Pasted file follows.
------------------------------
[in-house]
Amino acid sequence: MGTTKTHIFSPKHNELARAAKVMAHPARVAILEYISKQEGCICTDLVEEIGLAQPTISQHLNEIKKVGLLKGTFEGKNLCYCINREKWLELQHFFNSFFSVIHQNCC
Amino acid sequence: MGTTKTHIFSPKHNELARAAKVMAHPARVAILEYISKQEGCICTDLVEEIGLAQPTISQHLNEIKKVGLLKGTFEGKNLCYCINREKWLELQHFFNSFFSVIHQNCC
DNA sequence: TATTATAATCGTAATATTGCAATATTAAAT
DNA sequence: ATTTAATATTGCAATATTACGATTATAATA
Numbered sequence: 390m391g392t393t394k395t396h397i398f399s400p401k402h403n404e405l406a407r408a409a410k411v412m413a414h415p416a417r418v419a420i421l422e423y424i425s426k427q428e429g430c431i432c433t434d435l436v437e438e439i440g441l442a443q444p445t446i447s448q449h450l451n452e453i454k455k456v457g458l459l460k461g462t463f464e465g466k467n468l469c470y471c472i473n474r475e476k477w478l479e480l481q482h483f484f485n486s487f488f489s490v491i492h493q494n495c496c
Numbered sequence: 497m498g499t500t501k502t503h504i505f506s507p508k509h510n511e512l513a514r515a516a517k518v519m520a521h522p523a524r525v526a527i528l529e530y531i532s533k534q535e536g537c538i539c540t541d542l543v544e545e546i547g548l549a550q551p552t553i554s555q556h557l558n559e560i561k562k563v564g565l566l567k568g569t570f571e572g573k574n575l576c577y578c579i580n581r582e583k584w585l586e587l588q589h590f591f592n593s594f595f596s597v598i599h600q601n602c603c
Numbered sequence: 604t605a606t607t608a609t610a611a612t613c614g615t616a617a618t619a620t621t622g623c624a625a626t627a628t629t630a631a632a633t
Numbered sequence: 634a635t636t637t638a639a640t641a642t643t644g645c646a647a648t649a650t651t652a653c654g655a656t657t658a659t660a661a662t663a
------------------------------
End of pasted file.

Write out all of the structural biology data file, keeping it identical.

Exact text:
[in-house]
Amino acid sequence: MGTTKTHIFSPKHNELARAAKVMAHPARVAILEYISKQEGCICTDLVEEIGLAQPTISQHLNEIKKVGLLKGTFEGKNLCYCINREKWLELQHFFNSFFSVIHQNCC
Amino acid sequence: MGTTKTHIFSPKHNELARAAKVMAHPARVAILEYISKQEGCICTDLVEEIGLAQPTISQHLNEIKKVGLLKGTFEGKNLCYCINREKWLELQHFFNSFFSVIHQNCC
DNA sequence: TATTATAATCGTAATATTGCAATATTAAAT
DNA sequence: ATTTAATATTGCAATATTACGATTATAATA
Numbered sequence: 390m391g392t393t394k395t396h397i398f399s400p401k402h403n404e405l406a407r408a409a410k411v412m413a414h415p416a417r418v419a420i421l422e423y424i425s426k427q428e429g430c431i432c433t434d435l436v437e438e439i440g441l442a443q444p445t446i447s448q449h450l451n452e453i454k455k456v457g458l459l460k461g462t463f464e465g466k467n468l469c470y471c472i473n474r475e476k477w478l479e480l481q482h483f484f485n486s487f488f489s490v491i492h493q494n495c496c
Numbered sequence: 497m498g499t500t501k502t503h504i505f506s507p508k509h510n511e512l513a514r515a516a517k518v519m520a521h522p523a524r525v526a527i528l529e530y531i532s533k534q535e536g537c538i539c540t541d542l543v544e545e546i547g548l549a550q551p552t553i554s555q556h557l558n559e560i561k562k563v564g565l566l567k568g569t570f571e572g573k574n575l576c577y578c579i580n581r582e583k584w585l586e587l588q589h590f591f592n593s594f595f596s597v598i599h600q601n602c603c
Numbered sequence: 604t605a606t607t608a609t610a611a612t613c614g615t616a617a618t619a620t621t622g623c624a625a626t627a628t629t630a631a632a633t
Numbered sequence: 634a635t636t637t638a639a640t641a642t643t644g645c646a647a648t649a650t651t652a653c654g655a656t657t658a659t660a661a662t663a